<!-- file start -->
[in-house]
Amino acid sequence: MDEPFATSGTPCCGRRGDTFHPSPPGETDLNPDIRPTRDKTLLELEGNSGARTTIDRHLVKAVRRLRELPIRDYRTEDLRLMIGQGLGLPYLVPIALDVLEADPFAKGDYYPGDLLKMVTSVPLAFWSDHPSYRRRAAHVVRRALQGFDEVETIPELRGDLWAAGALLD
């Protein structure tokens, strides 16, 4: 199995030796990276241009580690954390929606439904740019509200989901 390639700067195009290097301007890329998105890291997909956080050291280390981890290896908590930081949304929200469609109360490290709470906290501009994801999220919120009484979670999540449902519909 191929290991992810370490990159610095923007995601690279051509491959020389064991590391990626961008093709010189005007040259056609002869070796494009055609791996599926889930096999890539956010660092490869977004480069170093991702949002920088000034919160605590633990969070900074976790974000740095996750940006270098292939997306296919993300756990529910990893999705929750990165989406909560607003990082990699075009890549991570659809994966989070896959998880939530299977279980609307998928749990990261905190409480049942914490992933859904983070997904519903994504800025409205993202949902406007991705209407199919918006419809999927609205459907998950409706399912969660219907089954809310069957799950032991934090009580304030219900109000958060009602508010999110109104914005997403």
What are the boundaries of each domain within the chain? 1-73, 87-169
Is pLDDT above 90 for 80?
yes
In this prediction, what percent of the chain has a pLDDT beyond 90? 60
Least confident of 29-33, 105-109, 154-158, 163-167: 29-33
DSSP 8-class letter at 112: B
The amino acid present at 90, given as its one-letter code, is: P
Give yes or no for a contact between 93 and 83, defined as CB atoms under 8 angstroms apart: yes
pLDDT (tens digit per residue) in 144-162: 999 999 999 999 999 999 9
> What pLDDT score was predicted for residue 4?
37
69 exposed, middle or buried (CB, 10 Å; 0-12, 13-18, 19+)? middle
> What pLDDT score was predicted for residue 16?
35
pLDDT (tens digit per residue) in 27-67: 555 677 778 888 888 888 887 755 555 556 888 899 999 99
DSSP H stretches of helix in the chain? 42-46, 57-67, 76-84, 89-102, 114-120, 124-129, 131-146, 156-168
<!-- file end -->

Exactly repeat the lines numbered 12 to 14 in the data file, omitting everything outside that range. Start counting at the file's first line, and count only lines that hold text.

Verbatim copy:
pLDDT (tens digit per residue) in 144-162: 999 999 999 999 999 999 9
> What pLDDT score was predicted for residue 4?
37